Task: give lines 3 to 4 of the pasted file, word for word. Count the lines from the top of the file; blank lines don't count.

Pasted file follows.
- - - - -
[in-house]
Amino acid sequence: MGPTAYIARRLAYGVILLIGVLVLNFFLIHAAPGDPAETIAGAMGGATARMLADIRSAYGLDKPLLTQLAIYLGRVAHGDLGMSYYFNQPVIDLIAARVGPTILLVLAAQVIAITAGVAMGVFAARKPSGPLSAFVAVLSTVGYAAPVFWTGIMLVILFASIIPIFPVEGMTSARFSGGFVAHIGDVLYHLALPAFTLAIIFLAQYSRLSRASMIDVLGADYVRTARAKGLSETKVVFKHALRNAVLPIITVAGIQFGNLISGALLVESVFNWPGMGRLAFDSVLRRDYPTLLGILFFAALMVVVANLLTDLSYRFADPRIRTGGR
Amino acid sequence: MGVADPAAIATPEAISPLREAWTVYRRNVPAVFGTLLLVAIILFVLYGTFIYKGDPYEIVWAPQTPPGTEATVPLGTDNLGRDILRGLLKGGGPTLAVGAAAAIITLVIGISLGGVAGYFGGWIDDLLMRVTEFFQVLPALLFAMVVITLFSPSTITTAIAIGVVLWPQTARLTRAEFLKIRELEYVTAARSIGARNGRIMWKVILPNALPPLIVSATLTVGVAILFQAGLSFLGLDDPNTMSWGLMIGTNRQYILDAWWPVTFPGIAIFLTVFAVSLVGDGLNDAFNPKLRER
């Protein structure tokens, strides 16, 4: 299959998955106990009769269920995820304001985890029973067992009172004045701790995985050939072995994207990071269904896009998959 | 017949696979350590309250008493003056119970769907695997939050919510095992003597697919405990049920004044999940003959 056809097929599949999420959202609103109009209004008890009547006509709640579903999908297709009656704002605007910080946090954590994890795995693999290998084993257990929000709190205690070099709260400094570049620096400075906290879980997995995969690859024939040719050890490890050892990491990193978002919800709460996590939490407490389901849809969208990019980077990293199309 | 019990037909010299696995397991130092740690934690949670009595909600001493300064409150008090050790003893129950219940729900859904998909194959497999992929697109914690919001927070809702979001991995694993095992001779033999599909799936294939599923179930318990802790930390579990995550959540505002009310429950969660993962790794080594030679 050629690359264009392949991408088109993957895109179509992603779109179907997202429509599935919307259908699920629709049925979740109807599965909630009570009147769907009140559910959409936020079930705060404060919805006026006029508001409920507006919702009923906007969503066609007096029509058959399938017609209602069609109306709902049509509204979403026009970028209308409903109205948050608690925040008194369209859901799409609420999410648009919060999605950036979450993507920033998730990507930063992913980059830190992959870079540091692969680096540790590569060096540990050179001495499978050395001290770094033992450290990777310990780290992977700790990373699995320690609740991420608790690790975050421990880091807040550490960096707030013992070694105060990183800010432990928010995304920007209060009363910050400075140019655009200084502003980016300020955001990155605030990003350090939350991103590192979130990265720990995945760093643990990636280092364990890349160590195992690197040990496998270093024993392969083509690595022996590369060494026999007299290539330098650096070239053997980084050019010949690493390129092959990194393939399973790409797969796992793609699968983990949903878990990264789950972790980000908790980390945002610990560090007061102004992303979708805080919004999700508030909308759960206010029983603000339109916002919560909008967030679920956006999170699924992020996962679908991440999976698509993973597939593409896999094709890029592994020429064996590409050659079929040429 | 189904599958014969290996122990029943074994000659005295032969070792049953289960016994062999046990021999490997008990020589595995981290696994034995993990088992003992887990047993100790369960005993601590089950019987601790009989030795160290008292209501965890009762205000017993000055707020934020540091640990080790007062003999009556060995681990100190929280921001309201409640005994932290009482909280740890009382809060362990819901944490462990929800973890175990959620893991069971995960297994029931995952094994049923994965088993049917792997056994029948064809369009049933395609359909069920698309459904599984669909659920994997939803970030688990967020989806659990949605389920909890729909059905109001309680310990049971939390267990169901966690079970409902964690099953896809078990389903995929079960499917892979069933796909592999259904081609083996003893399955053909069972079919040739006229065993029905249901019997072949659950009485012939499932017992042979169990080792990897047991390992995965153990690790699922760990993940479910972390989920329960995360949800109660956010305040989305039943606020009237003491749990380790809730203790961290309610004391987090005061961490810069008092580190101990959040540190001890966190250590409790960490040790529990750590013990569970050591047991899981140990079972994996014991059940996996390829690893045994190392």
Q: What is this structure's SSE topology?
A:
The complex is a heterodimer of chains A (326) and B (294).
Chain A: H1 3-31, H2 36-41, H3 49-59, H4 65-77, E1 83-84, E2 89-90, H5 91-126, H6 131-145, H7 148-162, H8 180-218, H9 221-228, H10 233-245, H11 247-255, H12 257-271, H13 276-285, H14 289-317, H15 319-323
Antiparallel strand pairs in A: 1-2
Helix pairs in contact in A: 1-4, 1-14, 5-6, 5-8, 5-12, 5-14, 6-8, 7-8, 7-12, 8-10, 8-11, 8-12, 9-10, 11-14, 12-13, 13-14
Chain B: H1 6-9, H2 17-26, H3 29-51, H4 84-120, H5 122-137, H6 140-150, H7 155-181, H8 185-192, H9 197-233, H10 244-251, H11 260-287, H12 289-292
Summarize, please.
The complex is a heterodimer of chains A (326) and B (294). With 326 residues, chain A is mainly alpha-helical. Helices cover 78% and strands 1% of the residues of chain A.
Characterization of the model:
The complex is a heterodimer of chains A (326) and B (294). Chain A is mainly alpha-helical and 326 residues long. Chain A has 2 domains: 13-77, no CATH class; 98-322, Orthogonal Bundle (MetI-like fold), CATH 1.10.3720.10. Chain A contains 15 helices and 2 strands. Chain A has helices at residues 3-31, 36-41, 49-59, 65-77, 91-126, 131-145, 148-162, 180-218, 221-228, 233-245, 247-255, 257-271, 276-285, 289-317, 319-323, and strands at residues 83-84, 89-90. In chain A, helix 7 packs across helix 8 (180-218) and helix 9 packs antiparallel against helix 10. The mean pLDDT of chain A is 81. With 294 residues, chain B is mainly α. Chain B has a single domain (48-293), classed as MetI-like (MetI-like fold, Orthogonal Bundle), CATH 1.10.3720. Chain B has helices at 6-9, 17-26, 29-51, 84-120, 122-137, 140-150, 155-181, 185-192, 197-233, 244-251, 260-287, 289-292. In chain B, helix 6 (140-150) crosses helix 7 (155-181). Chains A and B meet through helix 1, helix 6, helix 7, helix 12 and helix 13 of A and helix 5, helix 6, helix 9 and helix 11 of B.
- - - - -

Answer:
Amino acid sequence: MGVADPAAIATPEAISPLREAWTVYRRNVPAVFGTLLLVAIILFVLYGTFIYKGDPYEIVWAPQTPPGTEATVPLGTDNLGRDILRGLLKGGGPTLAVGAAAAIITLVIGISLGGVAGYFGGWIDDLLMRVTEFFQVLPALLFAMVVITLFSPSTITTAIAIGVVLWPQTARLTRAEFLKIRELEYVTAARSIGARNGRIMWKVILPNALPPLIVSATLTVGVAILFQAGLSFLGLDDPNTMSWGLMIGTNRQYILDAWWPVTFPGIAIFLTVFAVSLVGDGLNDAFNPKLRER
């Protein structure tokens, strides 16, 4: 299959998955106990009769269920995820304001985890029973067992009172004045701790995985050939072995994207990071269904896009998959 | 017949696979350590309250008493003056119970769907695997939050919510095992003597697919405990049920004044999940003959 056809097929599949999420959202609103109009209004008890009547006509709640579903999908297709009656704002605007910080946090954590994890795995693999290998084993257990929000709190205690070099709260400094570049620096400075906290879980997995995969690859024939040719050890490890050892990491990193978002919800709460996590939490407490389901849809969208990019980077990293199309 | 019990037909010299696995397991130092740690934690949670009595909600001493300064409150008090050790003893129950219940729900859904998909194959497999992929697109914690919001927070809702979001991995694993095992001779033999599909799936294939599923179930318990802790930390579990995550959540505002009310429950969660993962790794080594030679 050629690359264009392949991408088109993957895109179509992603779109179907997202429509599935919307259908699920629709049925979740109807599965909630009570009147769907009140559910959409936020079930705060404060919805006026006029508001409920507006919702009923906007969503066609007096029509058959399938017609209602069609109306709902049509509204979403026009970028209308409903109205948050608690925040008194369209859901799409609420999410648009919060999605950036979450993507920033998730990507930063992913980059830190992959870079540091692969680096540790590569060096540990050179001495499978050395001290770094033992450290990777310990780290992977700790990373699995320690609740991420608790690790975050421990880091807040550490960096707030013992070694105060990183800010432990928010995304920007209060009363910050400075140019655009200084502003980016300020955001990155605030990003350090939350991103590192979130990265720990995945760093643990990636280092364990890349160590195992690197040990496998270093024993392969083509690595022996590369060494026999007299290539330098650096070239053997980084050019010949690493390129092959990194393939399973790409797969796992793609699968983990949903878990990264789950972790980000908790980390945002610990560090007061102004992303979708805080919004999700508030909308759960206010029983603000339109916002919560909008967030679920956006999170699924992020996962679908991440999976698509993973597939593409896999094709890029592994020429064996590409050659079929040429 | 189904599958014969290996122990029943074994000659005295032969070792049953289960016994062999046990021999490997008990020589595995981290696994034995993990088992003992887990047993100790369960005993601590089950019987601790009989030795160290008292209501965890009762205000017993000055707020934020540091640990080790007062003999009556060995681990100190929280921001309201409640005994932290009482909280740890009382809060362990819901944490462990929800973890175990959620893991069971995960297994029931995952094994049923994965088993049917792997056994029948064809369009049933395609359909069920698309459904599984669909659920994997939803970030688990967020989806659990949605389920909890729909059905109001309680310990049971939390267990169901966690079970409902964690099953896809078990389903995929079960499917892979069933796909592999259904081609083996003893399955053909069972079919040739006229065993029905249901019997072949659950009485012939499932017992042979169990080792990897047991390992995965153990690790699922760990993940479910972390989920329960995360949800109660956010305040989305039943606020009237003491749990380790809730203790961290309610004391987090005061961490810069008092580190101990959040540190001890966190250590409790960490040790529990750590013990569970050591047991899981140990079972994996014991059940996996390829690893045994190392």